Design And Development of Mobile Image Overlay System For Image-Guided Interventions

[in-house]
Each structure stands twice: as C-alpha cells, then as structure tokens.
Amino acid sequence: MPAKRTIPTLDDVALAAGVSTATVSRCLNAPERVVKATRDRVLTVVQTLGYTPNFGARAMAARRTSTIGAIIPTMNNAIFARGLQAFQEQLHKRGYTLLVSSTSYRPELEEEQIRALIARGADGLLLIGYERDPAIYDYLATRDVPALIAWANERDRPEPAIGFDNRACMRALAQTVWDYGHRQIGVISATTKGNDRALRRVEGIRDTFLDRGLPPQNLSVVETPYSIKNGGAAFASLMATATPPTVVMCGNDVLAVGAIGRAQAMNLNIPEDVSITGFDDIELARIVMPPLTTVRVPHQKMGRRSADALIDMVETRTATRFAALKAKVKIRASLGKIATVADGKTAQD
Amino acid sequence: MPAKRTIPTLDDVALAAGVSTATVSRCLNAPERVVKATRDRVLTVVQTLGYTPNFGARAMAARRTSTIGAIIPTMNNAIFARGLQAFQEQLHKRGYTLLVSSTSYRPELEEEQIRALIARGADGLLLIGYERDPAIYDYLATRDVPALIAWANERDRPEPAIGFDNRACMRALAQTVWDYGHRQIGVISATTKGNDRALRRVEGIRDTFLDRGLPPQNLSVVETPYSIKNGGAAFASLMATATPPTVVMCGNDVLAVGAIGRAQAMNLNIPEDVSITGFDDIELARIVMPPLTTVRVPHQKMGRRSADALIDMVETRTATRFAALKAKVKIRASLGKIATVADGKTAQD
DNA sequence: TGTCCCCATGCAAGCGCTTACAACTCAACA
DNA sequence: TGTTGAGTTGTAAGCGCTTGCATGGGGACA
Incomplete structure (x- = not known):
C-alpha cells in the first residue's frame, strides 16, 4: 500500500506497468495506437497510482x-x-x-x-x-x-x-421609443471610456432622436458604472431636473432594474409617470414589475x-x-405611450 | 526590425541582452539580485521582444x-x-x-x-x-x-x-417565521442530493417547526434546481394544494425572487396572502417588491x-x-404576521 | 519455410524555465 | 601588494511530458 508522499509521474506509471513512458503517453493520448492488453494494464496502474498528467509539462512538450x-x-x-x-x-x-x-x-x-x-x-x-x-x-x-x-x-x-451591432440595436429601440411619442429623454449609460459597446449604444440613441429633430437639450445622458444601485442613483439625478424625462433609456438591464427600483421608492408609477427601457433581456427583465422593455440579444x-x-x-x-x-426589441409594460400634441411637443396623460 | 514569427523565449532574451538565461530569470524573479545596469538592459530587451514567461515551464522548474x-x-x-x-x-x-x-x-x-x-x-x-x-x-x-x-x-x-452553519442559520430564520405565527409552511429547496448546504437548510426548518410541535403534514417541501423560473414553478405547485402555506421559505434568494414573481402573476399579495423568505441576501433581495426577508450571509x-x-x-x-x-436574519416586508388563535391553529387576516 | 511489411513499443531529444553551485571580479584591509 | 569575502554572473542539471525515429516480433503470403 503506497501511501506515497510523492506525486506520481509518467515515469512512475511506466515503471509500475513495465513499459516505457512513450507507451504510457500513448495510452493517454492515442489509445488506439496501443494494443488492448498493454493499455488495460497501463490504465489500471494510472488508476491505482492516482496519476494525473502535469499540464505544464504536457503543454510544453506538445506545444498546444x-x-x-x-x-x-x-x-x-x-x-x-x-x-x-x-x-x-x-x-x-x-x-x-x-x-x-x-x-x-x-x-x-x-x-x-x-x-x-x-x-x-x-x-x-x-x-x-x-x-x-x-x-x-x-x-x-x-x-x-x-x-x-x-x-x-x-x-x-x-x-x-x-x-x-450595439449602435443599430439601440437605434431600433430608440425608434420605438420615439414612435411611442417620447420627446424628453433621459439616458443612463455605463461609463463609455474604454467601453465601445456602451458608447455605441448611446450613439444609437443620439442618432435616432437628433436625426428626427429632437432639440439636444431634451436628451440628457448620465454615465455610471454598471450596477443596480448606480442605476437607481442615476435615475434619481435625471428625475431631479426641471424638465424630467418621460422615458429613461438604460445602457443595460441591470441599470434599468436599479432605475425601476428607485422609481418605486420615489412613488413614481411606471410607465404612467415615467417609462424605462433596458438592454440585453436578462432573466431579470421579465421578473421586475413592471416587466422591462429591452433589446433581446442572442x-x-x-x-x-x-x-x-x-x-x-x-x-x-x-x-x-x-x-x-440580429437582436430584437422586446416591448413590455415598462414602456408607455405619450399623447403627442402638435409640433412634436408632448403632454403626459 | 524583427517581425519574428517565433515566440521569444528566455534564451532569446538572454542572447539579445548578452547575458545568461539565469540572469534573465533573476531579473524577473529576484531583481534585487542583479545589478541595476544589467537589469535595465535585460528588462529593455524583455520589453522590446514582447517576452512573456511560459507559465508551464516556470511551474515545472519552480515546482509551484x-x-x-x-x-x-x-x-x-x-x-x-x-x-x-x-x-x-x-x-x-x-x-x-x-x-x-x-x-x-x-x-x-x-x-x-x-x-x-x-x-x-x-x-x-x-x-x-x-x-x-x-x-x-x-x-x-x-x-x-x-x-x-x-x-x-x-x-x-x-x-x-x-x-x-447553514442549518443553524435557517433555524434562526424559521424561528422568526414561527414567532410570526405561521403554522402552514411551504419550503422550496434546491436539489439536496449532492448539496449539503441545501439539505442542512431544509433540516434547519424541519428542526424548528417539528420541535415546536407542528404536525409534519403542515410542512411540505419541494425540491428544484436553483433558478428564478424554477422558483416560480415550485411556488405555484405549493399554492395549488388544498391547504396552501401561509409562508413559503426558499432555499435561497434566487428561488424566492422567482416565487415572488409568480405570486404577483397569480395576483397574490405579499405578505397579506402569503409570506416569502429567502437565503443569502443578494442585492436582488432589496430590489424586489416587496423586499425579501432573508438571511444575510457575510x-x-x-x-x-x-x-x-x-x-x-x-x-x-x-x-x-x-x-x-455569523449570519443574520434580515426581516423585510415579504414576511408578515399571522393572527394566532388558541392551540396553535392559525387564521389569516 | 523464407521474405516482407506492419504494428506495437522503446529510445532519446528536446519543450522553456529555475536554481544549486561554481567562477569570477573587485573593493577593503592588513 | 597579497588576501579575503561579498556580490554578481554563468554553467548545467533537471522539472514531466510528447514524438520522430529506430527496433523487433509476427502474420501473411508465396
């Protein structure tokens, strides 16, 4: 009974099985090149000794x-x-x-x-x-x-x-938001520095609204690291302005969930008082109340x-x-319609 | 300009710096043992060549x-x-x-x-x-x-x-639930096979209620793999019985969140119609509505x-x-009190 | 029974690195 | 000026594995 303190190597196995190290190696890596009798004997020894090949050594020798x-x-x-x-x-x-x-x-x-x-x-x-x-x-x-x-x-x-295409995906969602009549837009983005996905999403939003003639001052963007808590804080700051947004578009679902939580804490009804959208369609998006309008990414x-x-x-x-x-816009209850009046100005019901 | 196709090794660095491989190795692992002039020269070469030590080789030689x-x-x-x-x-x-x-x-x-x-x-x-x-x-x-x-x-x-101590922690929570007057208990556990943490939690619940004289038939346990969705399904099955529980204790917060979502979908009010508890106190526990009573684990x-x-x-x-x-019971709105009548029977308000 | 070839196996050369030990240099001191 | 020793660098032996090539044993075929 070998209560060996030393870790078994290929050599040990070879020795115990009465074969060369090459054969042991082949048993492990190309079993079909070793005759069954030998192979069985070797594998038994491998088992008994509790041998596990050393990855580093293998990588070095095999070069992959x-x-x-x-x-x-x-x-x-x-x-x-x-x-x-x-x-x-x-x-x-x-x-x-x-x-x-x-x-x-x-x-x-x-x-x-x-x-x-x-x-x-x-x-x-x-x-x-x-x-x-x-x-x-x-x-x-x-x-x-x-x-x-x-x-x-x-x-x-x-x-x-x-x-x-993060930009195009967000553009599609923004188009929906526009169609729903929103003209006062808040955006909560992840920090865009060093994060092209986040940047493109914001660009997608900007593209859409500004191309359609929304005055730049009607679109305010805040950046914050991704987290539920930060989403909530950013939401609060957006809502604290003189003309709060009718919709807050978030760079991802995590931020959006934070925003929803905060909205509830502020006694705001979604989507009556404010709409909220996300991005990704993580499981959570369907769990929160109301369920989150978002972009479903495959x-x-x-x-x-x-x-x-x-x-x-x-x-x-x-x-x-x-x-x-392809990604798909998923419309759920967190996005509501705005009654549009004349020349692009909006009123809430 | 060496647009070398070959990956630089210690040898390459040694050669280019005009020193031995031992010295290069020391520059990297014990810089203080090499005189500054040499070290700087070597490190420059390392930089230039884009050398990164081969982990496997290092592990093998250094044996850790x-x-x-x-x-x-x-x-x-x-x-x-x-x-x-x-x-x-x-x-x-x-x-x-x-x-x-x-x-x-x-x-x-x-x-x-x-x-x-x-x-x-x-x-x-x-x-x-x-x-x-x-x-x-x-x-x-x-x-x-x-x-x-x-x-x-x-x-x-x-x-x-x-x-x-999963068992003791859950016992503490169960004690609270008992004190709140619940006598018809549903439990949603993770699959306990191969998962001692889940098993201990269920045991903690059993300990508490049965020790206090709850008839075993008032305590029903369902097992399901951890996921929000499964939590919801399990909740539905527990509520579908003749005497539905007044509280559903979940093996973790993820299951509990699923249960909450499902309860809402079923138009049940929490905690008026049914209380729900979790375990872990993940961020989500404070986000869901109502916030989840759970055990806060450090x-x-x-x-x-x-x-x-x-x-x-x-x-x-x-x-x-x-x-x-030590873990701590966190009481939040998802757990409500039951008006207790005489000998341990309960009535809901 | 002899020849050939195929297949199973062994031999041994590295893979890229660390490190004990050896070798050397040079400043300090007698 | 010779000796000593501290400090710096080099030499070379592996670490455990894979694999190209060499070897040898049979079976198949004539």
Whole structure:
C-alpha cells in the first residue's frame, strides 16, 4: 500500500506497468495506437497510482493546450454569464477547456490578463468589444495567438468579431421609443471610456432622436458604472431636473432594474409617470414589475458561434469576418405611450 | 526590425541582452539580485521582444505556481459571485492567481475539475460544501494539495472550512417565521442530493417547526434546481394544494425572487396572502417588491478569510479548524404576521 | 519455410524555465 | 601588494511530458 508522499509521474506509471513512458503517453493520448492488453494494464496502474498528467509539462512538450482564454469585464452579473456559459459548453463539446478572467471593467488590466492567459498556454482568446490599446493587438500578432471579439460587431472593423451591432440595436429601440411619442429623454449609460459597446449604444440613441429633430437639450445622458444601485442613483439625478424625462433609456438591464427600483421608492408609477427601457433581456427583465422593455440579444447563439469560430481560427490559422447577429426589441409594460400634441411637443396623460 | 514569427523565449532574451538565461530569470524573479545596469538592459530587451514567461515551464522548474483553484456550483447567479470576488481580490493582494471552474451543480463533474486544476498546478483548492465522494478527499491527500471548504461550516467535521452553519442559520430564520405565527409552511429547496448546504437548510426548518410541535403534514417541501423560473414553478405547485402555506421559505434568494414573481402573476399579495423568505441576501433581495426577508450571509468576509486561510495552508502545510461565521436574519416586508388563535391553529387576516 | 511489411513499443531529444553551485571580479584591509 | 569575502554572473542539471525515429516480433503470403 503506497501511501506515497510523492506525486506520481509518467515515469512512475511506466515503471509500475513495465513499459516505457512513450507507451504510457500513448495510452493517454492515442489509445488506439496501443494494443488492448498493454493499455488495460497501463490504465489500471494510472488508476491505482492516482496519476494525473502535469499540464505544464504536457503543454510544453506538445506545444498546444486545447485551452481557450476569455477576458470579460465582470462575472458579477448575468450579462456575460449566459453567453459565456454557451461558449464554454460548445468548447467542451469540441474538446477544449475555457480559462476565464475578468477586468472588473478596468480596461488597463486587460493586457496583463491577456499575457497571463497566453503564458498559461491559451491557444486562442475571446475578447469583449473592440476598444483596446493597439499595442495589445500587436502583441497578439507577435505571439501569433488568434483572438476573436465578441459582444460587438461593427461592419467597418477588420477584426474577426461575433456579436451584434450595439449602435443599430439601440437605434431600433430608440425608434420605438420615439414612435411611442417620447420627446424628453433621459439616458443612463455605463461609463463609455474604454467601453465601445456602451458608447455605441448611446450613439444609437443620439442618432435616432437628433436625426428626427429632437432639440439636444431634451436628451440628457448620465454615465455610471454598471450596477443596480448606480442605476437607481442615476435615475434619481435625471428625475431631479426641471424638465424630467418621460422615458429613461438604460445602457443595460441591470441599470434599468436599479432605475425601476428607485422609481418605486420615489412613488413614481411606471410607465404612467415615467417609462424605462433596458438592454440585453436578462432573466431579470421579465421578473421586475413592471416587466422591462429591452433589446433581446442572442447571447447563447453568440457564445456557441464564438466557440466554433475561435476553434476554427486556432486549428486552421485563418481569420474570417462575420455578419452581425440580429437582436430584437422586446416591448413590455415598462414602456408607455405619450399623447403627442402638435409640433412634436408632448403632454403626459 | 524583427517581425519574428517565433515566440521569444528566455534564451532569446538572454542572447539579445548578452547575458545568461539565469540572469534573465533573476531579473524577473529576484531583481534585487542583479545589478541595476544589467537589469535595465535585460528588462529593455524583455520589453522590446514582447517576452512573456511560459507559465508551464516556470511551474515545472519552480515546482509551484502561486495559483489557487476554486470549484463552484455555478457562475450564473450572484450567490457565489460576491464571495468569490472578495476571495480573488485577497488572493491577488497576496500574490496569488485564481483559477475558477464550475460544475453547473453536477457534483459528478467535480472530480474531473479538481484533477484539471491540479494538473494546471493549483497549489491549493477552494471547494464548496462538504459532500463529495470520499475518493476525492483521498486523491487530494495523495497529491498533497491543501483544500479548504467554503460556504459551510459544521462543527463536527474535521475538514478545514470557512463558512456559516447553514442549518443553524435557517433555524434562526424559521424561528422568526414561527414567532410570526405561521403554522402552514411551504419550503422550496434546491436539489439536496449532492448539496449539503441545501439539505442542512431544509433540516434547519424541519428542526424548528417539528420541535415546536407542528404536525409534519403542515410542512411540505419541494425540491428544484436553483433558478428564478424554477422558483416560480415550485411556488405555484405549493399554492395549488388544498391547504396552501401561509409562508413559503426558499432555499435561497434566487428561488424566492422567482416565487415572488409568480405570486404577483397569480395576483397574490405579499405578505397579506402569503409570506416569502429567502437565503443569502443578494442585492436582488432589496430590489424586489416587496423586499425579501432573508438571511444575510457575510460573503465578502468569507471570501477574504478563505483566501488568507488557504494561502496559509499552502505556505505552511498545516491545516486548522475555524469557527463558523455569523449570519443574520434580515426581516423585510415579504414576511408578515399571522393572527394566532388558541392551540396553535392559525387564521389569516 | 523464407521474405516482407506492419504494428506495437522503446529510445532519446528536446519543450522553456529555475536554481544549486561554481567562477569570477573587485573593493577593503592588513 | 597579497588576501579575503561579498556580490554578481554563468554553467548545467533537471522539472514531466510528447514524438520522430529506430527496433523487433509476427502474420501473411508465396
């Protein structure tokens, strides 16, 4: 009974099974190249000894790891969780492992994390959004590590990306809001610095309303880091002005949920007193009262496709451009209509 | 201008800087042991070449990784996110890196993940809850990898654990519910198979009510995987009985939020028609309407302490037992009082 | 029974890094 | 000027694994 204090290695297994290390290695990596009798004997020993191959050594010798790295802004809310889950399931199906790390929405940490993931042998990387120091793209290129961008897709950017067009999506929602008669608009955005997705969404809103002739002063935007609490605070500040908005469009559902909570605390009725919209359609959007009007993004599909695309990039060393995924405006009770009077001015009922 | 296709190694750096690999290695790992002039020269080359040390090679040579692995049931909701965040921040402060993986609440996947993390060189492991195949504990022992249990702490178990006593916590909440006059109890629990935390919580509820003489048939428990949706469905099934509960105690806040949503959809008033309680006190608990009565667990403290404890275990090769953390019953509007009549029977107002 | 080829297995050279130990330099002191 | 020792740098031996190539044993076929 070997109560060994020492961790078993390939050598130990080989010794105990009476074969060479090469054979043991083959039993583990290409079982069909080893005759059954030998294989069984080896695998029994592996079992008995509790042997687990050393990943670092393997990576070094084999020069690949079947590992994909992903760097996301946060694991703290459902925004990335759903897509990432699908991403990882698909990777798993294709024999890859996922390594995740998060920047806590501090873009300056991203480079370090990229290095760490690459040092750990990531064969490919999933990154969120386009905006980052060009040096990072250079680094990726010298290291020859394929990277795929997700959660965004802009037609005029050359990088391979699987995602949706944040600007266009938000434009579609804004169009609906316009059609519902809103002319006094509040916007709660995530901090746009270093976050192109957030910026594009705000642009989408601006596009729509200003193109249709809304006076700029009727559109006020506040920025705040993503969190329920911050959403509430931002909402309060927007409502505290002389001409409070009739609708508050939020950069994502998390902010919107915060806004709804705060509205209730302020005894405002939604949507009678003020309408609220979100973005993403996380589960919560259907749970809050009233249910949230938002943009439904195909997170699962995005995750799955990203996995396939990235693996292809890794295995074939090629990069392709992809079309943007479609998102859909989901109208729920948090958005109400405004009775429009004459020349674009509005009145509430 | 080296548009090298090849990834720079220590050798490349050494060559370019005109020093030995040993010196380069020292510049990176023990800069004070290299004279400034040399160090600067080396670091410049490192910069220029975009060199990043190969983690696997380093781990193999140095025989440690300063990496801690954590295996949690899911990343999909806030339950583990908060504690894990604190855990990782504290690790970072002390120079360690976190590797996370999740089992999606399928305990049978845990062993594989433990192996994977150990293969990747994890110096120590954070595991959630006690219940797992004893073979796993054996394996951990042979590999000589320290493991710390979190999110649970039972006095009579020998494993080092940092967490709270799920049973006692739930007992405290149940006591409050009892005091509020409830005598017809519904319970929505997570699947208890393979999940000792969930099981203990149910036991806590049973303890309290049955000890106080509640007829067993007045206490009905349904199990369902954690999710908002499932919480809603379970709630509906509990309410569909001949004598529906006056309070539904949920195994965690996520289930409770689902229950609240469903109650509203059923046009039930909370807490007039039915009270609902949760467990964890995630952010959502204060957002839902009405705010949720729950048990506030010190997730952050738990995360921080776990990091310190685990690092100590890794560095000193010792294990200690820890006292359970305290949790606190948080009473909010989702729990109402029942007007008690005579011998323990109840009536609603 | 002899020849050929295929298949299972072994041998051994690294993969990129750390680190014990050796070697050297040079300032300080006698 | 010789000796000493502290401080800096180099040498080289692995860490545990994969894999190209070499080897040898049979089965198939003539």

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Numerous studies have demonstrated the potential efficacy of percutaneous image-guided interventions over open surgical interventions. The conventional image-guided procedures are limited by the freehand technique, requiring mental 3D registration and hand-eye coordination for needle placement. The outcomes of these procedures are associated with longer duration and increased patient discomfort with high radiation exposure. Previously, a static image overlay system was proposed for aiding needle interventions. Certain drawbacks associated with the static system limited the clinical translation. To overcome the ergonomic issues and longer calibration duration associated with static system, an adjustable image overlay system was proposed. The system consisted of monitor and semi-transparent mirror, attached together to an articulated mobile arm. The 90-degree mirror-monitor configuration was proposed to improve the physician access around the patient. MicronTracker was integrated for dynamic tracking of the patient and device. A novel method for auto-direct calibration of the virtual image overlay plane was proposed. Due to large mechanical structure, the precise movement was limited and consumed useful space in the procedure room. A mobile image overlay system with reduced system weight and smaller dimensions was proposed to eliminate the need for mechanical structure. A tablet computer and beamsplitter were used as the display device and mirror respectively. An image overlay visualization module of the 3D Slicer was developed to project the correct image slice upon the tablet device. The system weight was reduced to 1 kg and the image overlay plane tracking precision (0.11mm STD=0.05) was similar to the printed physical markers. The auto-calibration of the image overlay plane can be done in two simple steps, away from the patient table and without additional phantom. Based on the successful pre-clinical testing of the previous static system, the mobile image overlay system with reduced weight, increased tracking precision and easier maneuverability, can be possibly hand-held by the physician to explore the image volume over the patient and be used for a wide range of procedures. The mobile image overlay system shall be classified as Class II device as per FDA regulations, do not require extensive verification and validation efforts and further improves the commercialization opportunities.